Arabian adventures: Petra at midnight by mule

German police men, Bedouin cave pirates, dubious liaisons and midnight mule riding. It was one of those whirlwind adventures travellers lust for. Someone recently told me you attract what you’re open to, I must be on the page of some Indiana Jones novel.

I’d spent a lovely serene 48 hours in my own company. It’d been a fun but hectic few months, and it was so nice to meander Jordan slowly feeling the stress of few heavy decisions melt away.

In the burning heat I wandered the lost city of Petra, admiring the ancient ruins carved into imposing stone cliffs. Suddenly, I felt a huge craving for company. It was around that very moment I ran into the two German guys staying at my hotel. They happened to be policemen. It was an instant friendship.

We walked up the 850 steps to the monastery in the golden afternoon light. Most of the tourists were heading in the opposite direction towards the exit. We sat atop a cliff overlooking the majestic monastery, mountain upon mountain and desert behind us. That’s when we met the cave dwellers.

They looked straight out of Pirates of the Caribbean. Long black curly hair, red bandanas, loose pants and coal eyeliner darkly riming their eyes. The afternoon desert winds were blowing hard, so they invited us into their cave.

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Being Ramadan, it had proved impossible to find any alcoholic beverages. So when they offered us Bedouin whisky our faces instantly lit up. It turned out it’s actually just black tea with sugar. The immense popularity of the drink is visible in all the local’s rotting teeth.

They told us stories of travellers from all over the world they’d met. A few had picked up foreign wives. All day everyone had been telling me about Barbara the infamous New Zealander who’d married a local and been in the village 40 years.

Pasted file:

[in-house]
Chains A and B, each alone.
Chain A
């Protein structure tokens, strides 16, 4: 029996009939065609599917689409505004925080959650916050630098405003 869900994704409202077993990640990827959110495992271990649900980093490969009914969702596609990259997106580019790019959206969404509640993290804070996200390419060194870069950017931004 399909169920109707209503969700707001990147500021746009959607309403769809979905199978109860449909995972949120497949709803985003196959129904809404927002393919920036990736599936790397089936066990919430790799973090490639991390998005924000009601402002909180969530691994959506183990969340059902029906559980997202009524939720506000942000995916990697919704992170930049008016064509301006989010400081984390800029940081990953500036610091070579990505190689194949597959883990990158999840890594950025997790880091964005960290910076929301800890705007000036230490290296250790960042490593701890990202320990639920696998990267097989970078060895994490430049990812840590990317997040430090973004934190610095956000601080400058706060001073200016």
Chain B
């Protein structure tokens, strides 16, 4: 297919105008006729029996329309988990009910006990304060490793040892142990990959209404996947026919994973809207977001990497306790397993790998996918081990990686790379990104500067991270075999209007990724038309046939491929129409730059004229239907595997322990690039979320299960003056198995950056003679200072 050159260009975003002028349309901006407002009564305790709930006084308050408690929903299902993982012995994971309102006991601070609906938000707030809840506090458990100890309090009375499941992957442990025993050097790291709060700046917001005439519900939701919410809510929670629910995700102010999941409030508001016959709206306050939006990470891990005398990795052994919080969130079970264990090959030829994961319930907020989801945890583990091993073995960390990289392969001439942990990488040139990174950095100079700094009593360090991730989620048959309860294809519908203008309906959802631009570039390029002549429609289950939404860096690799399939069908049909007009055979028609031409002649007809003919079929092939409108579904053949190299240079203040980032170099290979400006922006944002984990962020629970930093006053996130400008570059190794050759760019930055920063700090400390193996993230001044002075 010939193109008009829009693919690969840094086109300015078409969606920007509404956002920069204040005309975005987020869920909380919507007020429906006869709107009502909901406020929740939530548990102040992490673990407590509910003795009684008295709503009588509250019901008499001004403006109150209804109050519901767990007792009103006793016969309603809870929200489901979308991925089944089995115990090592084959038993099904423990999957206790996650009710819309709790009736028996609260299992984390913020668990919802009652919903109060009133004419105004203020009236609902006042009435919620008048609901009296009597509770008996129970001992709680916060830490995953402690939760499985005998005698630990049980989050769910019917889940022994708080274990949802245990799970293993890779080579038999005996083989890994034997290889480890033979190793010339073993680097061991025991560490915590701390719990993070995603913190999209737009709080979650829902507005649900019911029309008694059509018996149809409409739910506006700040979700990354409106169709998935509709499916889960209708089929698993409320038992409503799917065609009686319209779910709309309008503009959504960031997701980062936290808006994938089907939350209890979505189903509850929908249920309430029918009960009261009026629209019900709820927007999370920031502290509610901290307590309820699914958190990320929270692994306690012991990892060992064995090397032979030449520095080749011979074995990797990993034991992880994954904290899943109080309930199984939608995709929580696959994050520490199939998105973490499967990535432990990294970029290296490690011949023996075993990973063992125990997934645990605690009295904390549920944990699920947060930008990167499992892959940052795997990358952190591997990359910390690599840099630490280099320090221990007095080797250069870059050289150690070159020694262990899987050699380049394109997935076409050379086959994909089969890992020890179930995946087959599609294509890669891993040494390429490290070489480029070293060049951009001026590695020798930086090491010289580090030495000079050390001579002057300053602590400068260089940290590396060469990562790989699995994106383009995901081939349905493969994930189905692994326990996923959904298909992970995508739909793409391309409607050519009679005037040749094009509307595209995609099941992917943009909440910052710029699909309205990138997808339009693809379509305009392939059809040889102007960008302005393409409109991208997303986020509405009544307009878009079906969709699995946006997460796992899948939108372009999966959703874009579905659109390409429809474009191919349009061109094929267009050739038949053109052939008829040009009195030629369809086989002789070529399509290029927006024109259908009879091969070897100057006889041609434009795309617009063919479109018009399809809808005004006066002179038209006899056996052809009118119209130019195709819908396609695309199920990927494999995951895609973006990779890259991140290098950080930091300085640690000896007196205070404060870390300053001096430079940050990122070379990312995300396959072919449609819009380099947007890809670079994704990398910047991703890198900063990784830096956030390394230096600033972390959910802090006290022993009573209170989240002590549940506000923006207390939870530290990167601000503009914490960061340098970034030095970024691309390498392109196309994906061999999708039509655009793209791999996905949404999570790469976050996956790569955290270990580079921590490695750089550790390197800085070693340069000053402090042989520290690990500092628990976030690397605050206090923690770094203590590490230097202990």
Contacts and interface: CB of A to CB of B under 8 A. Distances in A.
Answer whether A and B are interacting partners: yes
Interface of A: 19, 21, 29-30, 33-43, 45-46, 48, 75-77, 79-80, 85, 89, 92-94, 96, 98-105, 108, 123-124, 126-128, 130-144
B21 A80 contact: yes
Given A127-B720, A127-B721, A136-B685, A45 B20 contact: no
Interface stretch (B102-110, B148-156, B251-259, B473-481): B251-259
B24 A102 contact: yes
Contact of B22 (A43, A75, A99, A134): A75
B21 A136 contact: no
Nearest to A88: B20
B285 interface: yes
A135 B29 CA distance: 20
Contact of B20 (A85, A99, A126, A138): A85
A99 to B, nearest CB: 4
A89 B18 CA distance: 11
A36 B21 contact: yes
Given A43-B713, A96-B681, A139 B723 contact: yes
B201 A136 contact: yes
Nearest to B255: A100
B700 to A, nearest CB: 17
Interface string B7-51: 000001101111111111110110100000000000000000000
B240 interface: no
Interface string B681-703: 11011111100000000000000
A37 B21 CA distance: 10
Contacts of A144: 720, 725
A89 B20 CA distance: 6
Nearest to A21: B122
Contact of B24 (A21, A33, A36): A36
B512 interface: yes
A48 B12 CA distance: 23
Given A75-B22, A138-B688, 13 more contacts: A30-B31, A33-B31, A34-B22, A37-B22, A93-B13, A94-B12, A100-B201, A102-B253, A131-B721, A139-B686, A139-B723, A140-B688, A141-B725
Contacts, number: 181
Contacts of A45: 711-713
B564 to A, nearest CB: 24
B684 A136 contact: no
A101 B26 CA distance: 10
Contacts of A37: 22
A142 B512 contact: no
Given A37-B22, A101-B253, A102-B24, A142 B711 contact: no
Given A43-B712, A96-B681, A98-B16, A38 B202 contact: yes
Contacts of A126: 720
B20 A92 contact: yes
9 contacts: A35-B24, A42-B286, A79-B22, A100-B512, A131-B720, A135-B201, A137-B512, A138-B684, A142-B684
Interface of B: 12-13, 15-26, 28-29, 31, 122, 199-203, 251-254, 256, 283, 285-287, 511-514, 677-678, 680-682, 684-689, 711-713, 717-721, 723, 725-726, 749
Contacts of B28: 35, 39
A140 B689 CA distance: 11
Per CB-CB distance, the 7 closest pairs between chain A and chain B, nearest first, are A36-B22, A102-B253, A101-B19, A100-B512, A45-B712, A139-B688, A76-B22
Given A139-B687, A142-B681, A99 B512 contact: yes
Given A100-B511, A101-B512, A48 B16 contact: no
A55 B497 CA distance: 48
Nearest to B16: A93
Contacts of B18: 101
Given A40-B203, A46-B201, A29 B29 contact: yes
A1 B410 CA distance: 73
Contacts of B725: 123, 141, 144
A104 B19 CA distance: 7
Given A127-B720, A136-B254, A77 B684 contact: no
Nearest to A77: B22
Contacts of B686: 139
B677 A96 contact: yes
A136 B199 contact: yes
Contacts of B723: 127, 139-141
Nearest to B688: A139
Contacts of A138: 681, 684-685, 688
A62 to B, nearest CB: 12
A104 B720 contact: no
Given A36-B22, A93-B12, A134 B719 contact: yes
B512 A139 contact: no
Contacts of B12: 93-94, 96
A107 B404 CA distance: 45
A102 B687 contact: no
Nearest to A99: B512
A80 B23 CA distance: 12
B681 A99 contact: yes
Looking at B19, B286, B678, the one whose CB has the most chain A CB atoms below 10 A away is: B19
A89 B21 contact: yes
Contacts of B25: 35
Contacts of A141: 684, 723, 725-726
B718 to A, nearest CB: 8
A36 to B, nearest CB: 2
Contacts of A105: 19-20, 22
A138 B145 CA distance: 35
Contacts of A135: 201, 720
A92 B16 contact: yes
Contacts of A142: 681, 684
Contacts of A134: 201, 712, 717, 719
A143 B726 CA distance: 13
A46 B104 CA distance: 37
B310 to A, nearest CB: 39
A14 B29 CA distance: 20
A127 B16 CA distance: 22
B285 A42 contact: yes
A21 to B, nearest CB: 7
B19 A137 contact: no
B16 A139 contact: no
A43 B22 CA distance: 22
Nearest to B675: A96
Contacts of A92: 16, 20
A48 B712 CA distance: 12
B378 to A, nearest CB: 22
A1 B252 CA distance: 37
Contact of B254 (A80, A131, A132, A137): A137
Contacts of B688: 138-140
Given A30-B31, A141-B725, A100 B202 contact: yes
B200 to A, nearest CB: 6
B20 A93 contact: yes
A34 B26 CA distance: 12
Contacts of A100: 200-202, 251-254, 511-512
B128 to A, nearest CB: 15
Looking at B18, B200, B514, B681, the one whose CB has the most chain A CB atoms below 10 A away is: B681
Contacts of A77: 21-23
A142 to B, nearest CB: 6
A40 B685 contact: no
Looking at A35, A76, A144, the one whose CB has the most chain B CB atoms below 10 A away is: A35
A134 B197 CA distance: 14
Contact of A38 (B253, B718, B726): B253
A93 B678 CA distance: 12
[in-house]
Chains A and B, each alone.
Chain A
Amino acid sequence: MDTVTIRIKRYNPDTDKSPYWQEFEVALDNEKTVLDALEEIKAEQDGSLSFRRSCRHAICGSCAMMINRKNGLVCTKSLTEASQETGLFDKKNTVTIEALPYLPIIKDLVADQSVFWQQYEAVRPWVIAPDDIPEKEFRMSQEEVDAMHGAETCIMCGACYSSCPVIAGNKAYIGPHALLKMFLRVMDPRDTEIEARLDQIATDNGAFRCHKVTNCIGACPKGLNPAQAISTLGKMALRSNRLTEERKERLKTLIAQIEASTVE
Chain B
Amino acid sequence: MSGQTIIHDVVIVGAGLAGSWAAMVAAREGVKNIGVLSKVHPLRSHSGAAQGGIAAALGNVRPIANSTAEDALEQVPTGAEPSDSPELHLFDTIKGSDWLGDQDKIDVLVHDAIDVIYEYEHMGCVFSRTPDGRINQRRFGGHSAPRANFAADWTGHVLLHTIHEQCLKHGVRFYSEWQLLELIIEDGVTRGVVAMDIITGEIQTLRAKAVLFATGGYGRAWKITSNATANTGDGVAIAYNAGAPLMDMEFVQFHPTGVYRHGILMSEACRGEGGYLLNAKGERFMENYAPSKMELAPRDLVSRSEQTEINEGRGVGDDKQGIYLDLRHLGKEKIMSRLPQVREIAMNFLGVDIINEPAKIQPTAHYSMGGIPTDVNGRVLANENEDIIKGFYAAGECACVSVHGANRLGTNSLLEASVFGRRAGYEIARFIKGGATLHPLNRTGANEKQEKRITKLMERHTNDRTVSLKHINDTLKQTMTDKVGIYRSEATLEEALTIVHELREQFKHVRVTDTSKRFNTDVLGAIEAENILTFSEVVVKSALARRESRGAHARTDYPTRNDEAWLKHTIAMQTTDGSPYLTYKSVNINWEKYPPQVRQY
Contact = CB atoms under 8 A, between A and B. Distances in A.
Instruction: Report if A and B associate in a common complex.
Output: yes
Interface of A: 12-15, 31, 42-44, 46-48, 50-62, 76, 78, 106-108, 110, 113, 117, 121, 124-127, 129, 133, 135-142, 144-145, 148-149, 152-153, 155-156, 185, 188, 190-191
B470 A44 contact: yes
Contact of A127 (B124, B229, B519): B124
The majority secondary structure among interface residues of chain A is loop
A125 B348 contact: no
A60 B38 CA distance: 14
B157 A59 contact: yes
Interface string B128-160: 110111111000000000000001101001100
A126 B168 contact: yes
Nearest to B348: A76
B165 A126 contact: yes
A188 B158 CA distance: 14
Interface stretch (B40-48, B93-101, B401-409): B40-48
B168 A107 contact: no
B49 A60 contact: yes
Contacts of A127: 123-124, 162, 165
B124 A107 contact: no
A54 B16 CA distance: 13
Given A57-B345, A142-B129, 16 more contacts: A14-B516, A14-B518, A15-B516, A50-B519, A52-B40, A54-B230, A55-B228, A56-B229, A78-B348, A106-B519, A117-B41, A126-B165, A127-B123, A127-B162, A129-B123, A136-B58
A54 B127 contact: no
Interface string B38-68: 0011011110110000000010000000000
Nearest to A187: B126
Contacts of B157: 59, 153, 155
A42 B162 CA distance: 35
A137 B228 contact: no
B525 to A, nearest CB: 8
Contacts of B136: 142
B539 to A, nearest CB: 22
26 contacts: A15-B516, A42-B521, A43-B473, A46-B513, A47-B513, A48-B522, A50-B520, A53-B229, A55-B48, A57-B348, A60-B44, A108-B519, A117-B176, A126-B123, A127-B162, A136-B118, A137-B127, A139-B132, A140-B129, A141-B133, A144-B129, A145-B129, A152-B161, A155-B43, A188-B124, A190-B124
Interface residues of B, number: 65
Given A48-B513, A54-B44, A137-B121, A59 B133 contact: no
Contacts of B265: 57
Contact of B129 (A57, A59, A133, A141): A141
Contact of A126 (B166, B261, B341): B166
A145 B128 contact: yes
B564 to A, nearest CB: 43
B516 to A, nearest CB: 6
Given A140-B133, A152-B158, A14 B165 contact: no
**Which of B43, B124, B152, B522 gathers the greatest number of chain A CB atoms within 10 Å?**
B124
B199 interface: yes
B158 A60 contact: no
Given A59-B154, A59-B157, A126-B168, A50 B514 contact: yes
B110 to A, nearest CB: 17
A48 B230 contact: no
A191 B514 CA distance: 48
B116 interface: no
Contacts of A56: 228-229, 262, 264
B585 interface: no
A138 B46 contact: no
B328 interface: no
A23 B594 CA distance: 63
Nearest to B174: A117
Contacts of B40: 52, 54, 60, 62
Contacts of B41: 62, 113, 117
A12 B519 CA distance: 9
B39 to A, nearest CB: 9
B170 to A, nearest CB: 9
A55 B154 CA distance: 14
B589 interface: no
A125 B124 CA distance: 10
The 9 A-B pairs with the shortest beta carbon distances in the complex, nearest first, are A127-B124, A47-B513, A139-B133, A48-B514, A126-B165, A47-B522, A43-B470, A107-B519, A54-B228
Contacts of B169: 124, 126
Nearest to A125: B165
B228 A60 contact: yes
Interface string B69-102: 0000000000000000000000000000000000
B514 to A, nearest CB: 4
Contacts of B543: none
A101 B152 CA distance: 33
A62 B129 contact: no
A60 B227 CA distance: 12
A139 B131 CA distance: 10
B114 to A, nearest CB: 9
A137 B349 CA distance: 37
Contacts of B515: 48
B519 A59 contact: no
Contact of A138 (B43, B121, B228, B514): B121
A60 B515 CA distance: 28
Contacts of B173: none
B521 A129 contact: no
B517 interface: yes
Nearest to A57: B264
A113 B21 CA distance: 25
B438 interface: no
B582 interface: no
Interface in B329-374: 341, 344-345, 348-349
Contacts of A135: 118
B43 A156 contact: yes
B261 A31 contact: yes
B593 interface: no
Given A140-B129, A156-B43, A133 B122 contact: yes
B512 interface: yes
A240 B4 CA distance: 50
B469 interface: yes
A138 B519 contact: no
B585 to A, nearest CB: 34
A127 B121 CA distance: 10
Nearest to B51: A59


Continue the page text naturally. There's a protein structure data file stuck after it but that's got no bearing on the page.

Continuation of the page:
The most rogue of them all proclaimed the key to happiness wasn’t one wife. “I have many girlfriends from all over the world” he bragged. “Sweden, Japan, China….”

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His current lover, an older Dutch women laughed non-chalantly as she took a drag of her cigarette.

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After many a round of Bedouin whisky we were invited to stay the night, and sleep in their cave. “We’ll cook for you,” they promised. “We have blankets and bedding!” The place was authentic, but filthy. The pirates looked like they hadn’t showered in months. The German guys were keen. Wistfully thinking of my double bed with a view, I agreed to stay. Travel was after all about the unique experiences.

Next thing Ahmed, a Bedouin who’d made us tea earlier clambered up the cliff. A bit of a tiff ensued. Everyone wanted us to stay it seemed. The Germans and I exchanged raised eyebrows, dubious as why they were fighting over who we stayed with. What was in it for them?
Our favourite rogue pirate left rapidly in somewhat of a huff, before taking a photo of me. Silent tensions grew as night fell. Despite the full moon, stars began to litter the sky. We agreed to dine with Ahmed, and then go back to our hotel. In moonlight we began the slow descent down the cliff face.

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Ahmed insisted I take the mule down the 850 steep stone steps. I know he was insinuating my walking was questionable, but I trusted myself far more than some donkey breed with a horse. Yet the blisters of hours and hours of walking were burning. Next thing I was clutching onto a mule who seemed intent on walking as close to the cliff edge as possible.